My mother had prepared me: “Your father and I redecorated your room.” My first thought was that they’d torn down my Robert Plant posters and painted over the tape marks. “It’s different,” Mom continued. Maybe, I thought, they turned my bedroom into a den. Yay! I’ll finally have a TV to myself! But then she said, “It’s the kind of room I always wanted for you.” While more than one four-letter word sparked across my synapses, the one that burned brightest was this one: PINK.
I was returning to my parents’ North Jersey home after four years of college (okay, five; please don’t judge) so that I could commute to an enviable New York City job after having broken an engagement, in great part because of this job. This is all to say I was a grown-up unpacking her suitcases surrounded by four pink pin-striped-papered walls. And if that wasn’t enough, Mom had bought pink lampshades, so that when I turned on the light, the air was pink too.
As a child, I loved my dolls. I loved my dresses. However, I don’t remember ever having loved the color pink, except when I pressed the syrup out of frozen strawberries into cereal milk, which I still do. But Mom continued to bring home pink things for me to wear. Even my training bra. Most times I turned up my nose and she ended up returning the item. However, I did lose the battle of the pink-and-white dress with a strawberry-appliqued bodice she bought me to wear to my grandfather’s 60th birthday party. That I remember this with such clarity obviously means this was quite traumatic. By the time I started selecting my own clothes, I chose jeans, tees, and boots, not one of which was pink. Because by now, coming of age during the Women’s Movement, I eschewed anything that smacked of girlishness.
Anyway, six months after returning home, I moved into my first apartment, leaving Pink World in the dust of my packed-to-the-gills Toyota Celica ST. And except for a very brief stint as a Mary Kay Independent Consultant, winning lots of pink bracelets and baubles (but not the CAR), I continued my abhorrence of anything pink. When it came to my “color season,” I was an “autumn,” looking better in deep green, brown, and amber.
But then something started happening….
Around the time my (yay!) bigger breasts took a turn south and my hips east and west—the combination of which I like to call “voluptuous”—my skin began to pale and blush (which sounds better than “turn ruddy”). Twenty-plus years of trying to keep up with a haircolor to match my changing complexion was growing wearisome. And I read in a women’s magazine that after a certain age, it is best to return to the haircolor we had when we were 5 (really?); lighten it, which I tried, but I swim regularly and my hair turned green; or because Mother Nature knows best, let it go. Which I did. Gentlemen, this goes for you too. Think Richard Gere vs. Wayne Newton. Need I say more?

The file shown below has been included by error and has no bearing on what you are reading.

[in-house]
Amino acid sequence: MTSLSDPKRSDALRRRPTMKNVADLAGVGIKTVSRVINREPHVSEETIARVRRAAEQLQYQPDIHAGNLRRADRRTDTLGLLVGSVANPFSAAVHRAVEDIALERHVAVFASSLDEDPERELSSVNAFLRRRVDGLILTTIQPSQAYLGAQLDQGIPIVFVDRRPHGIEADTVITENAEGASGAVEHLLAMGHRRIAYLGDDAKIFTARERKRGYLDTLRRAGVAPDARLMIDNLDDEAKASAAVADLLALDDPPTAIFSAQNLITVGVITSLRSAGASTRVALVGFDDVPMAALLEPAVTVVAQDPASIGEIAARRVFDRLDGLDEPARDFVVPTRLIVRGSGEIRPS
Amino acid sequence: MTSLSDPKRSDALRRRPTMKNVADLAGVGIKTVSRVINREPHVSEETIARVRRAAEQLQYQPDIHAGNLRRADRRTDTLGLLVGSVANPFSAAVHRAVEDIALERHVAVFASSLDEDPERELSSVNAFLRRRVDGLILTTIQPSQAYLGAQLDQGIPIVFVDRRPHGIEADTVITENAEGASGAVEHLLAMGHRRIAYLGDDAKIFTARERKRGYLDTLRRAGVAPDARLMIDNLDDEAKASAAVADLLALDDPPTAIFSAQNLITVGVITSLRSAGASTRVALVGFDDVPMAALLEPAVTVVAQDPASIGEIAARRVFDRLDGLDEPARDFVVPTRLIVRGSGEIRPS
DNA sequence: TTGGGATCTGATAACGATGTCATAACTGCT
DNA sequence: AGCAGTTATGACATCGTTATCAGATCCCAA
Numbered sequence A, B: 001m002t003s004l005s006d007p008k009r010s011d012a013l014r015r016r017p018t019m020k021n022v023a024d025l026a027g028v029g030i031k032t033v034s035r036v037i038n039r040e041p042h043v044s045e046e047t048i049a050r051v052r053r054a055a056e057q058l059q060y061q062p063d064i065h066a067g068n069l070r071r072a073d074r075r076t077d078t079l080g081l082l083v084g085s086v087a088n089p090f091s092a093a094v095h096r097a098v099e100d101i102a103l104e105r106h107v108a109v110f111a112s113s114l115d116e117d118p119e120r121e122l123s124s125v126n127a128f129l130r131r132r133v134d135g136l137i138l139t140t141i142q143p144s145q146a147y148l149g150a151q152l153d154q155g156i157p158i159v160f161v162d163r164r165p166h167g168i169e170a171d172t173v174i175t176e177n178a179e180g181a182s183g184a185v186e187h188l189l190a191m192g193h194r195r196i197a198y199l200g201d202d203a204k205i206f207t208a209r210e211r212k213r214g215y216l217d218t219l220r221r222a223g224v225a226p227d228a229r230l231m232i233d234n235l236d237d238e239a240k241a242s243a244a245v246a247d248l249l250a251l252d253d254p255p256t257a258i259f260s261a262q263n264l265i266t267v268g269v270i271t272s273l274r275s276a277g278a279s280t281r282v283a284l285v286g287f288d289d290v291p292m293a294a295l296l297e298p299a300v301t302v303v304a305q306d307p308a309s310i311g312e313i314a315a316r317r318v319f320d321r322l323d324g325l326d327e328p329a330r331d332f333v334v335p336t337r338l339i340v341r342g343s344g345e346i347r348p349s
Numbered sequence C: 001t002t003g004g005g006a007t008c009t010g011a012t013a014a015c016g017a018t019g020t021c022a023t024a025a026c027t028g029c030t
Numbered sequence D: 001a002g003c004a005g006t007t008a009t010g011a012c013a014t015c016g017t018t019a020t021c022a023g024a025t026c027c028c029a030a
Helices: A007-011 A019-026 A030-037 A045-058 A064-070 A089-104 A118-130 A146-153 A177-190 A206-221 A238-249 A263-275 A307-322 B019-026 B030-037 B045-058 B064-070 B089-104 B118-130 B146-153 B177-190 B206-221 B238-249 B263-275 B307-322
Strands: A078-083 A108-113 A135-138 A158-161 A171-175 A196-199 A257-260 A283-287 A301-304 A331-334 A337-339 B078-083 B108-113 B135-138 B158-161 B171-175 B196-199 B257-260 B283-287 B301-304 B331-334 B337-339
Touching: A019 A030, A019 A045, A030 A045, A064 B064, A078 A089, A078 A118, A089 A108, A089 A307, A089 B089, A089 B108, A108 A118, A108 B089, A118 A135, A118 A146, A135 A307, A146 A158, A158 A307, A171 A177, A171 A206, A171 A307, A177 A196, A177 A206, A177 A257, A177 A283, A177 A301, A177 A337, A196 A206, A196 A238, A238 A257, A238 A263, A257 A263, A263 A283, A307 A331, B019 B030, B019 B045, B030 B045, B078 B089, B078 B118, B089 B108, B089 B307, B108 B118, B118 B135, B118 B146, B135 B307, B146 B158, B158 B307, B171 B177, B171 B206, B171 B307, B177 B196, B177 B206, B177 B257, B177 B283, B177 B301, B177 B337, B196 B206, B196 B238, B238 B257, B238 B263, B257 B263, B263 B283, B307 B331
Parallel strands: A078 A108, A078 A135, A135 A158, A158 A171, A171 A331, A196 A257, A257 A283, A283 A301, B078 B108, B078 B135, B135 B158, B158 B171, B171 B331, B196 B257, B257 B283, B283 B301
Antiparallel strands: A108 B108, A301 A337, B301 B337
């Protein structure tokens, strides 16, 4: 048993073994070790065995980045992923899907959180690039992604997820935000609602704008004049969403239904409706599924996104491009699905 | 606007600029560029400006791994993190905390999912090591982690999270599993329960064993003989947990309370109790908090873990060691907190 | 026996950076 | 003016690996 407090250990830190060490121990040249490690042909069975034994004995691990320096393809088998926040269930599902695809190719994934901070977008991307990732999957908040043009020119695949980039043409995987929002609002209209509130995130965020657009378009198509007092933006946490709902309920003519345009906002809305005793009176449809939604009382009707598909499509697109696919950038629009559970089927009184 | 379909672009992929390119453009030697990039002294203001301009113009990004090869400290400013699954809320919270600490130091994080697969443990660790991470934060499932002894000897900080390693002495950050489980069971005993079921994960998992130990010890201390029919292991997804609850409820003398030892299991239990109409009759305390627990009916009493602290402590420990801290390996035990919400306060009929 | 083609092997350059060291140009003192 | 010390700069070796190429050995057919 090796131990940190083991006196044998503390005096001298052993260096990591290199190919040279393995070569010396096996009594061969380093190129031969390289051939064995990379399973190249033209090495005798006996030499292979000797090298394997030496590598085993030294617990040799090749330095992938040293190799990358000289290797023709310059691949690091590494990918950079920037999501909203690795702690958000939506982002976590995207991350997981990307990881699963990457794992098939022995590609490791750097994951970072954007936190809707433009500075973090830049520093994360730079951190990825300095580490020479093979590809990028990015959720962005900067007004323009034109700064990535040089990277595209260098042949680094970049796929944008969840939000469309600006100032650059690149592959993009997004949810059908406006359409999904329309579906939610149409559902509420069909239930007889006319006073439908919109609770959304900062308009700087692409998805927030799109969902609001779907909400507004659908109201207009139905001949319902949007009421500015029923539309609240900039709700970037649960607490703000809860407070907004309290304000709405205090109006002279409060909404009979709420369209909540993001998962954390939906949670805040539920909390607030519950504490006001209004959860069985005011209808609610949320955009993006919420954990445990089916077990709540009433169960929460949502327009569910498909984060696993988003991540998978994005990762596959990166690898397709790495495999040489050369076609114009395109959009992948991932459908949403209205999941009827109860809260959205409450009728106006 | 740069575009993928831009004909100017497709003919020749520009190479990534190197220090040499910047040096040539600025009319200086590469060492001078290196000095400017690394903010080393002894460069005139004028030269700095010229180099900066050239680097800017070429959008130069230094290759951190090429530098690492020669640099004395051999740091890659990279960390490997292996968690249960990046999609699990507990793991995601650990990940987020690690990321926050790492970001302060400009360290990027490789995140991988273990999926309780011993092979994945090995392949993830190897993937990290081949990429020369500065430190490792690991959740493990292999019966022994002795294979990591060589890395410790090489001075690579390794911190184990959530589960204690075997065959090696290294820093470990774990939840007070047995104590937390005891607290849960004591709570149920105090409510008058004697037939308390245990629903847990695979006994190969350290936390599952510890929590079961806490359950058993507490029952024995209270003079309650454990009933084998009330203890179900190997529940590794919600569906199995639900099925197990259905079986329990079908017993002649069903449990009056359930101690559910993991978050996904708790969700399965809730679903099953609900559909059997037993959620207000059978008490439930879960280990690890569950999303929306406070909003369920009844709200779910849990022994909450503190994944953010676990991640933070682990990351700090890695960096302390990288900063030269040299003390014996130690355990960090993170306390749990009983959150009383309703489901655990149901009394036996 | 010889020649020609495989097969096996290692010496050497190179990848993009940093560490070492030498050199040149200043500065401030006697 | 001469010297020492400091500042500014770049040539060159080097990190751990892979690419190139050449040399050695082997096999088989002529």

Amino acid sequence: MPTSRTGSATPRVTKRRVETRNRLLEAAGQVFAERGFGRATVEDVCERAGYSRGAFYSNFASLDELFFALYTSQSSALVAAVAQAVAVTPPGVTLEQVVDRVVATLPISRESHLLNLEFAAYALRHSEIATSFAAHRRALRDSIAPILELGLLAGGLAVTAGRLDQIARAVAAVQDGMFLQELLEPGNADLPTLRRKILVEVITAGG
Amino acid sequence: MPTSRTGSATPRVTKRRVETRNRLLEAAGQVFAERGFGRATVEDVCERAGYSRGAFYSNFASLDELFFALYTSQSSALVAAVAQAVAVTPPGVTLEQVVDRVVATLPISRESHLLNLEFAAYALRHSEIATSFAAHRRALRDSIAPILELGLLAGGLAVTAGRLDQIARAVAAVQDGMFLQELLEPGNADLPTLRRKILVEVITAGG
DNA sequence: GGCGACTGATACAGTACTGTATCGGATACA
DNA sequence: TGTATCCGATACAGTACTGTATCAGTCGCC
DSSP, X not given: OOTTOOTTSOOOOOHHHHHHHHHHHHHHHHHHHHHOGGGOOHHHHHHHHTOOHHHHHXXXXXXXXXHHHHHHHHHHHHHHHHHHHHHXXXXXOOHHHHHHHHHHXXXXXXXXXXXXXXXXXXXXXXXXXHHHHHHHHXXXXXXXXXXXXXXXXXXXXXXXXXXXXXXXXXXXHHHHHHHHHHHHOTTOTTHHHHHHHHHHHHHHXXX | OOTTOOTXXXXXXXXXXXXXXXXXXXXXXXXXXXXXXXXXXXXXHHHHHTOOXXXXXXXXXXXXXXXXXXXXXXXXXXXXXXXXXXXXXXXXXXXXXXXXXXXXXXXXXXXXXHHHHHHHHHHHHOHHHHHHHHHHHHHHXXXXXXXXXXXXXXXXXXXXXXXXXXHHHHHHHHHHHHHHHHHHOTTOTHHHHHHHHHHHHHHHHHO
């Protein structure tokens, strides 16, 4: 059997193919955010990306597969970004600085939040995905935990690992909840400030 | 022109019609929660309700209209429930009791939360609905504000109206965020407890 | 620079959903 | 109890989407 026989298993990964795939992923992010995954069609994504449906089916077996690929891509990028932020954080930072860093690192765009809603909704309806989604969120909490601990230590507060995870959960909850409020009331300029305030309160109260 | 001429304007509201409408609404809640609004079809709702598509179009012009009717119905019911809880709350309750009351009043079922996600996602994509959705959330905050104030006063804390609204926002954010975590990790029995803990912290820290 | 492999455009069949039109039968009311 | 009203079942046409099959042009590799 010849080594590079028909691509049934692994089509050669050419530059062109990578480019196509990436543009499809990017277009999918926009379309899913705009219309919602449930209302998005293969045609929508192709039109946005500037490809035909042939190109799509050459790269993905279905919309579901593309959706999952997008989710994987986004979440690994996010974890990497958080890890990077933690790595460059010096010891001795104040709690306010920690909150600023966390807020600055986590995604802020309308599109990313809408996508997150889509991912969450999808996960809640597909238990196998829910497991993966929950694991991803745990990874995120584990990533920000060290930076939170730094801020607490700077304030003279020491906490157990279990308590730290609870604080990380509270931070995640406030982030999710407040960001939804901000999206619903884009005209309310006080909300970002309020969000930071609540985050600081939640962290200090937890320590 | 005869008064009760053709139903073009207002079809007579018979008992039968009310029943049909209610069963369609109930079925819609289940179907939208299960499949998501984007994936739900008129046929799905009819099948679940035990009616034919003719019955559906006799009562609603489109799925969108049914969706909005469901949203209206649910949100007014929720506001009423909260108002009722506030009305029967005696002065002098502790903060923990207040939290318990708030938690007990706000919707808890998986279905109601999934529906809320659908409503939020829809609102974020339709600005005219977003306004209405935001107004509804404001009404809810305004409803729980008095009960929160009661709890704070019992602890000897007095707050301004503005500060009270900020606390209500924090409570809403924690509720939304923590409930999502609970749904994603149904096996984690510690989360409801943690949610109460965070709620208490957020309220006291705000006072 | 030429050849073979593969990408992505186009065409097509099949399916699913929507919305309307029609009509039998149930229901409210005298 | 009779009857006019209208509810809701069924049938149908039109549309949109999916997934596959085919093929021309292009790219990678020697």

Most everyone loves my salt-n-pepper hair, except for my former best friend who calls the color “ash tray,” and with the embracing of my new season, “winter,” I find that my new color palette includes…pink, as is likely the case for all of us who are in the same “life” boat. Even you men out there. If pink isn’t peachy with you, get this: When I looked online at all the different shades, hues, and tints that might look better on me, I found that once upon a time, those baby colors were reversed! According to Wikipedia, New York City department stores in the first quarter of the 20th century found that consumers favored pink for boys and blue for girls. What’s more, it seems British high-society fellas wore pink as a symbol of financial success. Did you catch “The Great Gatsby” scene in which Leornardo DiCaprio sports a pink summer suit on that fateful, final trip into NYC? (Yes, this was in the book.) He sure was dashing. Just sayin’. So I’m a-thinkin’ that it might have been as women continued their fight for equality, they pilfered pink and made it theirs. And right here right now, I am declaring the color mine as well. I swing open my closet door to see my once dark-forest-of-a-wardrobe is an explosion of icy pink, rose pink…hot pink!
At the age of 54 and ¾, I am now all-around pretty in pink. I am sending this article to my mother.